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Residential Department: DataDecoded: July 2013



Delinquencies inch up while foreclosures decline

Mortgage delinquency rates increased in the first three months of this year but the number of homes in foreclosure dropped drastically, according to the first-quarter National Delinquency Survey released by the Mortgage Bankers Association (MBA).

The delinquency rate for mortgage loans on one-to-four-unit residential properties increased to a seasonally adjusted rate of 7.25 percent of all loans outstanding as of the end of this past first quarter — an increase of 16 basis points from the previous quarter,but down 15 basis points year over year.


Non-seasonally adjusted delinquency rates typically decrease between the fourth quarter and the first quarter, and the delinquency rate decreased 76 basis points to 6.75 percent this past first quarter from 7.51 percent in fourth-quarter ’12, before accounting for the seasonal effect. In MBA’s survey, the delinquency rate includes loans that are at least one payment past due but does not include loans in the process of foreclosure. The percentage of loans on which foreclosure actions were started this past first quarter was unchanged at 0.7 percent, the lowest level since second-quarter 2007. This represents a decline of 26 basis points year over year. The percentage of loans in the foreclosure process at the end of this past first quarter was 3.55 percent, the lowest level since 2008 — down 19 basis points from this past fourth quarter and 84 basis points lower year over year.

The serious-delinquency rate — the percentage of loans that are 90 days or more past due or in the process of foreclosure — was 6.39 percent this past first quarter, a decrease of 39 basis points from the fourth quarter, and a decrease of 105 basis points from first-quarter ’12. 

The combined percentage of loans at least one payment past due or in foreclosure was at its lowest point in more than four years, decreasing to 10.3 percent on a non-seasonally adjusted basis. This is 95 basis points lower than the fourth quarter and 103 basis points lower year over year. 

Short-term delinquencies, which are extremely sensitive to changes in the job market, increased this past first quarter, but have been at pre-recession levels for about a year now. We expect this metric will continue to fluctuate based on unemployment numbers. The good news is that jobs are being added at a pace of about 175,000 per month, meaning that many more Americans will be receiving a paycheck.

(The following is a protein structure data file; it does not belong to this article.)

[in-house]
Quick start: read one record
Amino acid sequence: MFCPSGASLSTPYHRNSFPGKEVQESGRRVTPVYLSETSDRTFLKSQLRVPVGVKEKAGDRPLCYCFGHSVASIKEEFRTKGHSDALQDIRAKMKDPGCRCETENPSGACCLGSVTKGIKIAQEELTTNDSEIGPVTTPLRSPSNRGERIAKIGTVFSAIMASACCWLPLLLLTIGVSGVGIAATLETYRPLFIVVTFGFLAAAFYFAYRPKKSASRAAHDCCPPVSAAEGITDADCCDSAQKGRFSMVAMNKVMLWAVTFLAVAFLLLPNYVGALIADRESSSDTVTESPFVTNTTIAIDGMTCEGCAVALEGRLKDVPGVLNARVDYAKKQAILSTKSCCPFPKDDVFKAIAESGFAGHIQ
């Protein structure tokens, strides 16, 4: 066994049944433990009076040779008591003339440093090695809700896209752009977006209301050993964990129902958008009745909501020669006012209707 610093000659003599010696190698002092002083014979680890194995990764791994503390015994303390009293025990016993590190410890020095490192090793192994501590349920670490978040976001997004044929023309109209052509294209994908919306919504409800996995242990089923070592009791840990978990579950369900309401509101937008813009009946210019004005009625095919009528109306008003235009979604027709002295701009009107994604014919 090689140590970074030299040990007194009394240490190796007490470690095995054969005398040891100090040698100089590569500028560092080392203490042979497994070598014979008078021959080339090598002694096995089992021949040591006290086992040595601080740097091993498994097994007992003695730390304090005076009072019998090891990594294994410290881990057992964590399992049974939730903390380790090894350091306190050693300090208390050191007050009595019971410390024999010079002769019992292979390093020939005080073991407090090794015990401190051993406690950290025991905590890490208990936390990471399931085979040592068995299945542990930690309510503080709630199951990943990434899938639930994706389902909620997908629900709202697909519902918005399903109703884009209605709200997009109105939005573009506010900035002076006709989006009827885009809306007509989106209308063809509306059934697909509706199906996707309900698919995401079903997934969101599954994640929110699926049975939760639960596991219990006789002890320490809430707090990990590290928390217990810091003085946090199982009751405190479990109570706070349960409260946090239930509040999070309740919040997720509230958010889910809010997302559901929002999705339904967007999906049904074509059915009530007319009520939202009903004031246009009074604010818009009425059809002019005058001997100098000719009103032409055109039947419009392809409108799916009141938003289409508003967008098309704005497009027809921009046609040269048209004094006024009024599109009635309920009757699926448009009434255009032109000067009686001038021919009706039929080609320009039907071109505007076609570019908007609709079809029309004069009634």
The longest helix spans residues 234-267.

We view the decrease in 90-day-or-more delinquencies and foreclosure inventory as positive news and an indication that distressed loans are being worked through. As has been a storyline for some time, there continues to be a marked disparity in foreclosure-inventory rates between states where the foreclosure process must go through the court system and those in which the issue is handled between the lender and the borrower.

At the end of this past first quarter, the foreclosure-inventory rate was three times higher on average in the judicial states. Foreclosure backlogs must be alleviated before there can be a return to a normal state of housing.

Overall, we are seeing significant improvement in the foreclosure situation, and despite a little up-and-down in short-term delinquencies, the housing picture is looking good. If the economy continues to add jobs, things only will look better.

To subscribe to MBA’s National Delinquency Survey, contact


David H. Stevens is president and CEO of the Mortgage Bankers Association. Previously, Stevens served as assistant secretary for housing at the U.S. Department of Housing and Urban Development and was appointed commissioner of the Federal Housing Administration by President Obama. Stevens was also president and chief operating officer of Long and Foster Companies, senior vice president at Freddie Mac, and executive vice president at Wells Fargo. Reach the MBA at (202) 577-2700.

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